Cancer Care

Lung Cancer Screening | Low-dose Computed Tomography (LDCT)

Lung cancer can affect anyone but older adults with a history of smoking cigarettes are at a higher risk. There are over 1,400 lung cancer diagnoses in Maine each year. This number may be surprising, but it is not without hope. Lung cancer screening is an effective way to detect cancer early, giving you more time and options in your treatment. The MaineHealth Cancer Care Network offers comprehensive lung cancer screenings to test people at high risk for lung cancer.

What is lung cancer screening?

  • Lung cancer screening is a way to find cancer before it causes symptoms or problems.
  • Low-dose CT (LDCT) is a CAT scan used for lung cancer screening that takes pictures of your lungs. The LDCT scan is painless and takes less than five minutes. Doctors study the pictures to look for signs of cancer.
  • Lung cancer screening helps find cancer. It does not prevent it.

Should I be screened for lung cancer?

Talk with your health care provider about lung cancer screening if you meet all of the following criteria:

  • You are between 50-80 years old;
  • You currently smoke or have quit within the last 15 years;
  • You have smoked an amount that is equal to or greater than 20 pack years, such as:
    • 1 pack a day for 20 years, or
    • 2 packs a day for 10 years

For people who are eligible, the cost of lung cancer screening is covered by most health insurance plans, including Medicare and Medicaid. However, the details of exactly who qualifies can vary. For example, some insurance plans may cover screening for people of slightly different ages or history of pack years. Call your health insurance company to confirm the specific details of your plan.   

Learn more about lung cancer screening.

MaineHealth Lung Cancer Screening Centers

  • Franklin Community Health Lung Cancer Screening site, provides screening through primary care provider
  • Lincoln Health Lung Cancer Screening Program, 35 Miles Street, Damariscotta, ME 04543, 207-563-4202
  • Maine Medical Center Lung Cancer Screening Program, 100 Campus Drive, Scarborough, ME 04074, 207-396-7788
  • Memorial Hospital, NH, provides screening through primary care provider
  • Pen Bay Medical Center & Waldo County General Hospital, 116 Northport Ave, Suite 218, Belfast Maine 04915, 207-505-4712
  • Southern Maine Health Care Lung Cancer Screening site, provides screening through primary care provider
  • Western Maine Health Lung Cancer Screening site provides screening through primary care provider

Lung Cancer Screening Shared Decision Making

If you received a link to watch this video after being referred for lung cancer screening by a healthcare provider, please follow the directions you were given when you were sent this link.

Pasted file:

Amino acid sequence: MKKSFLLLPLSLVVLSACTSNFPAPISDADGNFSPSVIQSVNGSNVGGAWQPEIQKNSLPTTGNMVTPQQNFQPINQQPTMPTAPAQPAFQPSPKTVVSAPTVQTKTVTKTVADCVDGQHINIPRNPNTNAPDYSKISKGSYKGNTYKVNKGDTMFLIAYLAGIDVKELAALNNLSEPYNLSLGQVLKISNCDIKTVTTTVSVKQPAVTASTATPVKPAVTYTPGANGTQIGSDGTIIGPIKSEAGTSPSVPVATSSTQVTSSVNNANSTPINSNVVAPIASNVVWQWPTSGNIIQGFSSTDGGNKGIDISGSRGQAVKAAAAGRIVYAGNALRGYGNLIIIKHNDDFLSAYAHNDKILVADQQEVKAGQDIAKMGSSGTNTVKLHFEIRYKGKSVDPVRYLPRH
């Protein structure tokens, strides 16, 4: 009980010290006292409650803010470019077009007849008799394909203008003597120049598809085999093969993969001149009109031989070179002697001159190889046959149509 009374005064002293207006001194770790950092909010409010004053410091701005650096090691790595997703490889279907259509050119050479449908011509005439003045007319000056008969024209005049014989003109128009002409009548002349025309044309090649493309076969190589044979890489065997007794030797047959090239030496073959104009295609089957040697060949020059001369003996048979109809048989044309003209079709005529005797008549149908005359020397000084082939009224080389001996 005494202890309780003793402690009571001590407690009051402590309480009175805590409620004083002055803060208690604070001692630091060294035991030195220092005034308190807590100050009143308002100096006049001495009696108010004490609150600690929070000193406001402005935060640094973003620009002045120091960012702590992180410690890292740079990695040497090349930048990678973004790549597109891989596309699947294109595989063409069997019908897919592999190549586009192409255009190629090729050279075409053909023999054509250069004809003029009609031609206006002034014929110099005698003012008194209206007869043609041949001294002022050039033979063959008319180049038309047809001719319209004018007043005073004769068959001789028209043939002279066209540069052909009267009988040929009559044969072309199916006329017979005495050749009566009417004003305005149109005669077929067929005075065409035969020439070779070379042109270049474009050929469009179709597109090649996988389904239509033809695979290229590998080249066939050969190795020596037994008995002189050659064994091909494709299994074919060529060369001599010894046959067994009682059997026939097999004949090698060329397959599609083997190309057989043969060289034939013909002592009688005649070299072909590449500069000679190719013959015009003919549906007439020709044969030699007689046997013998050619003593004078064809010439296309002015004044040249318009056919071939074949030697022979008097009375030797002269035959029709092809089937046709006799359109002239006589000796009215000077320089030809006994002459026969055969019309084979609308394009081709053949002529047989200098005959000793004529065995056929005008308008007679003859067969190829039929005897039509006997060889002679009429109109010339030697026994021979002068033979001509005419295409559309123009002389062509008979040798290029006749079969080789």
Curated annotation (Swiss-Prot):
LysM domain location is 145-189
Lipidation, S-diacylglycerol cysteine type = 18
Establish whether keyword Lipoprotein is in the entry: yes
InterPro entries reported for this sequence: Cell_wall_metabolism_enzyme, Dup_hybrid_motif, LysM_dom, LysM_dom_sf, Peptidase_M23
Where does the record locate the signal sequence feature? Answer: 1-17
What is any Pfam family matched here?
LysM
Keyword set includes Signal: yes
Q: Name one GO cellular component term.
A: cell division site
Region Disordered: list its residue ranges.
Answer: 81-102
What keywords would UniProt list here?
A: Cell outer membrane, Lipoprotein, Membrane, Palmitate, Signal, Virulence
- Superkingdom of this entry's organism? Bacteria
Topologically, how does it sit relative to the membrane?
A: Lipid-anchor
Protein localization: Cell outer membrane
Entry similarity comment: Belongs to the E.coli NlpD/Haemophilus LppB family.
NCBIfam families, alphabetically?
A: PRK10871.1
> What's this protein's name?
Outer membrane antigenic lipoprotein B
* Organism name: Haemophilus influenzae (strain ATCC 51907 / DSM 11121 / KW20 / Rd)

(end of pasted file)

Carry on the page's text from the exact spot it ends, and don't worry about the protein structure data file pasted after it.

If you were not sent a link to watch this video after being referred by a healthcare provider for the screening, you are still welcome to watch the video to learn more. If you want to know if lung cancer screening is right for you, talk to your primary care provider or other healthcare provider.

Want to lower your risk of lung cancer?

The best way is to stop smoking. If you want to stop, or have decided to quit, here’s help.



What happens when you quit smoking?


Lung Cancer FAQs

Your symptoms and your medical history—especially if you have any history of cancer in your family—will help your doctor decide how likely it is that you have lung cancer and whether you need lung cancer screening.

Lung cancer screening includes the following services:

  • Lung cancer risk evaluation

  • Education and counseling about lung cancer screenings

  • LCDT scan and diagnosis

  • Follow-up testing and treatment as needed

  • Referrals to "Quit Smoking" programs, if needed

What happens if they find cancer?

Lung cancer is usually first found on a chest X-ray or a LDCT/CT scan. More tests are done to find out what kind of cancer cells you have and whether they have spread beyond your lung. These tests help your doctor and you find out what stage the cancer is in. The stage is a rating to measure how big the cancer is and how far it has spread.


Most lung cancer is caused by smoking. But sometimes lung cancer develops in people who have never smoked. Being exposed to secondhand smoke, arsenic, asbestos, radioactive dust, or radon can increase your chances of getting lung cancer. People who are exposed to radiation at work or elsewhere have a higher chance of getting lung cancer.
Lung cancer that is caused by smoking can be prevented. So it is important to stop smoking—or to stop being around someone else's smoke. Even if you have smoked a long time, quitting can lower your chances of getting cancer. If you already have lung cancer, quitting makes your treatment work better and can help you live longer.